What The Apollo 11 Crew Did For Life Insurance
Back in 1969 insurance companies weren't very optimistic about the odds of an astronaut making it back to earth after being launched in a rocket to the moon. The cost of life insurance for the Apollo 11 crew was astronomically high so they came up with a clever solution. A month before launch, the astronauts signed hundreds of autographs that were to be sold if they didn't make it back. From the article: "About a month before Apollo 11 was set to launch, the three astronauts entered quarantine. And, during free moments in the following weeks, each of the astronauts signed hundreds of covers. They gave them to a friend. And on important days — the day of the launch, the day the astronauts landed on the moon — their friend got them to the post office and got them postmarked, and then distributed them to the astronauts' families. It was life insurance in the form of autographs."
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Life, Interrupted: Medical Bills, Insurance and Uncertainty
If you have a chronic illness in America, there's a good chance you also hold a degree in Health Insurance 101 - whether you wanted to or not.
Small Is Beautiful: NTT Docomo Leads $19M Round In Femtocell Maker Ubiquisys
The boom in smartphone and tablet use is having a knock-on effect for companies that build technology to support those devices. One case in point is UK-based Ubiquisys, makers of femtocell equipment that lets carriers improve indoor cellular coverage by offloading traffic to broadband internet connections, which today announced that it has raised another $19 million in funding, bringing the total raised by the company up to $81 million. This latest venture round is being led by Mobile Internet Capital and Nissay Capital. MIC is the investment vehicle of Japanese mobile giant NTT Docomo; while Nissay is the VC arm of the Nippon Life Insurance Company. Existing investors Accel Partners, Advent Venture Partners, Atlas Venture, 5CCG/Sallfort Privatbank AG and Yasuda also participated.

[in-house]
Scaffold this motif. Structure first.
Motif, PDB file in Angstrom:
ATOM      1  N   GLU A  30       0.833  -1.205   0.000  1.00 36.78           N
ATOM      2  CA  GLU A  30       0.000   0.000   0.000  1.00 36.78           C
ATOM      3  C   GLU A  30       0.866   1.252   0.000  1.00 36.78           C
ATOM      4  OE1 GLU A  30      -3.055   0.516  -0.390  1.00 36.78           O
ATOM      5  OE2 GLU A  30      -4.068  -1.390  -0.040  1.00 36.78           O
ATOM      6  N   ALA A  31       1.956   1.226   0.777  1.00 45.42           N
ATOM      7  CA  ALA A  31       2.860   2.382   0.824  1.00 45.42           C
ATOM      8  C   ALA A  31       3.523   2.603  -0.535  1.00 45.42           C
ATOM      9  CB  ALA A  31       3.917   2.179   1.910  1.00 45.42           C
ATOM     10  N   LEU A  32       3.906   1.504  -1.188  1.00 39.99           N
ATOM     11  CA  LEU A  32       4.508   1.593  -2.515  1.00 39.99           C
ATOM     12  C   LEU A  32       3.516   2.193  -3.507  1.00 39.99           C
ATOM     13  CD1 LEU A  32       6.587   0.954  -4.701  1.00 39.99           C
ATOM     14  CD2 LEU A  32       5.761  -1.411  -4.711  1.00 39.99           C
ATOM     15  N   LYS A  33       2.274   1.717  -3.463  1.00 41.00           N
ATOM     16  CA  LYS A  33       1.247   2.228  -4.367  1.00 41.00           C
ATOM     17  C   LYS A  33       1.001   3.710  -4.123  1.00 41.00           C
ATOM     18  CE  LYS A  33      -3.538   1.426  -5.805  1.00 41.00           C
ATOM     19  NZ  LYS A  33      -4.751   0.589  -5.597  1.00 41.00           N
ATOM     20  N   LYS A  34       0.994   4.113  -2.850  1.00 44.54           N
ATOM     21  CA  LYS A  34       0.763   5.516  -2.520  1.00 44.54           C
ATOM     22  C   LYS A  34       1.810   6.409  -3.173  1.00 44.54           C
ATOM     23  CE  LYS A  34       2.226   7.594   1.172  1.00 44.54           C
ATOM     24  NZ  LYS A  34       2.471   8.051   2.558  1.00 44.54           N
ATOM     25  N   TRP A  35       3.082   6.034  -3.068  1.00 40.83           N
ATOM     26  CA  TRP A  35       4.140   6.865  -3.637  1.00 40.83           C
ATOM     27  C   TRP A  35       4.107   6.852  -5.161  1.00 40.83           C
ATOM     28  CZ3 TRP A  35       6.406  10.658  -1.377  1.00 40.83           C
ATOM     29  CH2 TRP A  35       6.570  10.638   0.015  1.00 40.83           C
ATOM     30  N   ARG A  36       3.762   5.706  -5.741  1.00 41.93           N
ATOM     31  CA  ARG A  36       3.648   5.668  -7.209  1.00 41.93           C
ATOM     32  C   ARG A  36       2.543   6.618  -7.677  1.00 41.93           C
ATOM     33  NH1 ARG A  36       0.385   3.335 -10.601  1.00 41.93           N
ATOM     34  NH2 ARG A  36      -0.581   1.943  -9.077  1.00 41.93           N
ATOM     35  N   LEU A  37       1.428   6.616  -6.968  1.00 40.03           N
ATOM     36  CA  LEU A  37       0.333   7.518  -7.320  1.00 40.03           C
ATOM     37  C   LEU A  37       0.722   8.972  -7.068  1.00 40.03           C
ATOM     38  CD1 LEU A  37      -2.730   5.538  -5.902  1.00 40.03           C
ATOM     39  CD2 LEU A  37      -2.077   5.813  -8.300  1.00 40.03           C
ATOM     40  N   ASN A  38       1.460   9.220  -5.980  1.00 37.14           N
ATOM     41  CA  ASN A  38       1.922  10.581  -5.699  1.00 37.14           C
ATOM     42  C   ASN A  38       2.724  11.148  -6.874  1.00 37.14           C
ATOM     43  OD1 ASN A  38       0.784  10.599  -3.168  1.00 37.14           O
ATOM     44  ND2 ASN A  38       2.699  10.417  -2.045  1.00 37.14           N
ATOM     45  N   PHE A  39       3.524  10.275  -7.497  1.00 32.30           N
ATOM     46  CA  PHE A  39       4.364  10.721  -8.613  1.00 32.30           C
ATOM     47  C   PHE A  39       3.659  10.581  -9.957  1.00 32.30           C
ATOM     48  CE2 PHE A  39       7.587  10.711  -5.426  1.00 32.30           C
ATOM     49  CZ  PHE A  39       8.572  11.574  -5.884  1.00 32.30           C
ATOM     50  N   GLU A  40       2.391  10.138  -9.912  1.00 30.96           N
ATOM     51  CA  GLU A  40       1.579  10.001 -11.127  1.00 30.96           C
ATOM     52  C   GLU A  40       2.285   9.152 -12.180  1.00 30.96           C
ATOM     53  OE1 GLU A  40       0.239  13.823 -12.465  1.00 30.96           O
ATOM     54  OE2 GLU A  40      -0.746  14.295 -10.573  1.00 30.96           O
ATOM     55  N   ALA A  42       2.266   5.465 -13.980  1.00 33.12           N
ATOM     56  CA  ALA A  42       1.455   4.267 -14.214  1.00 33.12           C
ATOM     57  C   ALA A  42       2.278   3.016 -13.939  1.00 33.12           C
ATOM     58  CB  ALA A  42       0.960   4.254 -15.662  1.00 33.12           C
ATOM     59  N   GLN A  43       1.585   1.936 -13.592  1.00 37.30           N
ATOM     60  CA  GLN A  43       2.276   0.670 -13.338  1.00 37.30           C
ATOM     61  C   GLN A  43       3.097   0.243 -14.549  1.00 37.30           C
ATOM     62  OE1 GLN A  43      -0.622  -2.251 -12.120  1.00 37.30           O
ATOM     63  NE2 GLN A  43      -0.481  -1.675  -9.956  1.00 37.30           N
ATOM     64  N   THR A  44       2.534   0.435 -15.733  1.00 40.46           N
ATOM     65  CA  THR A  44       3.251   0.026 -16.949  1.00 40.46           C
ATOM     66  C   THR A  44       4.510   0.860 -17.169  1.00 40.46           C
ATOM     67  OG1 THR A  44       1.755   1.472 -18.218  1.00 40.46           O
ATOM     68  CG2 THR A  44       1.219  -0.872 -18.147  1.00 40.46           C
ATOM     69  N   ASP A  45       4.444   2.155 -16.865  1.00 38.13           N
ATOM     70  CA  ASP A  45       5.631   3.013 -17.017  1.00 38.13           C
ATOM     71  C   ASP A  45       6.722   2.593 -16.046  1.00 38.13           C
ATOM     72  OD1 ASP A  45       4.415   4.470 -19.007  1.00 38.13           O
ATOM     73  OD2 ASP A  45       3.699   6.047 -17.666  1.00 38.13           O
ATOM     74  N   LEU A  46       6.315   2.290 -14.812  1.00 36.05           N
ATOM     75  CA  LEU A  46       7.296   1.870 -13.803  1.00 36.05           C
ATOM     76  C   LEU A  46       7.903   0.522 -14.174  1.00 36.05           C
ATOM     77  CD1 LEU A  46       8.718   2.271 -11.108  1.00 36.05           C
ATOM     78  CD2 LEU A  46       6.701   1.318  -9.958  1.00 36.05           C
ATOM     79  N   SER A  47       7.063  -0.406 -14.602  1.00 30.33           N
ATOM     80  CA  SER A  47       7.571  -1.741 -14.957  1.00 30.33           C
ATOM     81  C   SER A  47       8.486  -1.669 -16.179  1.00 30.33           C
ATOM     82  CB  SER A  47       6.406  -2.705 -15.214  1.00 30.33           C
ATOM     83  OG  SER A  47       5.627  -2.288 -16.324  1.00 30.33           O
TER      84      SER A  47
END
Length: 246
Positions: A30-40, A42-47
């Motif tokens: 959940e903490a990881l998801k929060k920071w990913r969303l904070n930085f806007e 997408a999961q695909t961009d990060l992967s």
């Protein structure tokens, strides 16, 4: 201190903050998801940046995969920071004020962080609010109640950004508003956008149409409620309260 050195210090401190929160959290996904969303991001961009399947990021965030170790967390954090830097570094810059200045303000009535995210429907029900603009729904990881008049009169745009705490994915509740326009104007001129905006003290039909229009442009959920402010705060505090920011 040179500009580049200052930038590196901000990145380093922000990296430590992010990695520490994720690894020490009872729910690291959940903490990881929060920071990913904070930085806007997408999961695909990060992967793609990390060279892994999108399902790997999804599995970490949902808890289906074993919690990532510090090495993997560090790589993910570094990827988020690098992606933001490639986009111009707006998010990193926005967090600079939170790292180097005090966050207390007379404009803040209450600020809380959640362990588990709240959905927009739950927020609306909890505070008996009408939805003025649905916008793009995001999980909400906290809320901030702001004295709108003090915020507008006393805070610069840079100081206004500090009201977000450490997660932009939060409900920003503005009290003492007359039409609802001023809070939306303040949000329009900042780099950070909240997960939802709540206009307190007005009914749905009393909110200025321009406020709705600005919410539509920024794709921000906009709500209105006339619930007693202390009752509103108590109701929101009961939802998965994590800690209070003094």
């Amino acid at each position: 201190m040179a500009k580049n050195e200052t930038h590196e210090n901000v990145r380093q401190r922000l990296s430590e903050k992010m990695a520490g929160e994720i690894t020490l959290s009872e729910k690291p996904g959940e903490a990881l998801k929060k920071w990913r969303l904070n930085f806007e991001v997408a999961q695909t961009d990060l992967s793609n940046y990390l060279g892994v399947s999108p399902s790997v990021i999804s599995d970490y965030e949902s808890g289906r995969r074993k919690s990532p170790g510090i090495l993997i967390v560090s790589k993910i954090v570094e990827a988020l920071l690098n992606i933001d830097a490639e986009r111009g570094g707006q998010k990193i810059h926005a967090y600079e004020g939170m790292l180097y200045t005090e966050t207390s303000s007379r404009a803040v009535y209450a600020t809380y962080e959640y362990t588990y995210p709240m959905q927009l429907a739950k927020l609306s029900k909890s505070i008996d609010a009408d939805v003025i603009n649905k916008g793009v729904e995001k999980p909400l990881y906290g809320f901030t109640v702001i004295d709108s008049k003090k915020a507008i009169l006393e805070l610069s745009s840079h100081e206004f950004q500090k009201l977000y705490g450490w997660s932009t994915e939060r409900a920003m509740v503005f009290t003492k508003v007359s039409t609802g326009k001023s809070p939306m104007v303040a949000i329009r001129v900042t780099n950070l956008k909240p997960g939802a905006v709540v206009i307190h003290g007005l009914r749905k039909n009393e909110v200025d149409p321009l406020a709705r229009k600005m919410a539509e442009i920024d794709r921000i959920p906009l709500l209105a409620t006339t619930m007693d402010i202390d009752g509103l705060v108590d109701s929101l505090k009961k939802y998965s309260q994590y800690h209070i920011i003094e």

Icann Applicants For New TLDs Revealed As Part Of ‘Reveal Day’: The Full List
A little bit of a song and dance today from Icann as it released the full list of businesses and other organizations that have applied for their own customized top-level domain names. The full list is here. In a press conference in London to mark what Icann is calling "Reveal Day," Icann's CEO Rod Beckstrom noted that over 500 companies and organizations have paid up tens of thousands of dollars to apply for the TLDs, for nearly 2,000 TLDs. They include some interesting twists: the Charleston Road Registry has applied for ".android" and ".google"; Apple Inc. has applied for ".apple." Two different organizations have applied for ".guardian": the Guardian newspaper and the Guardian Life Insurance Company.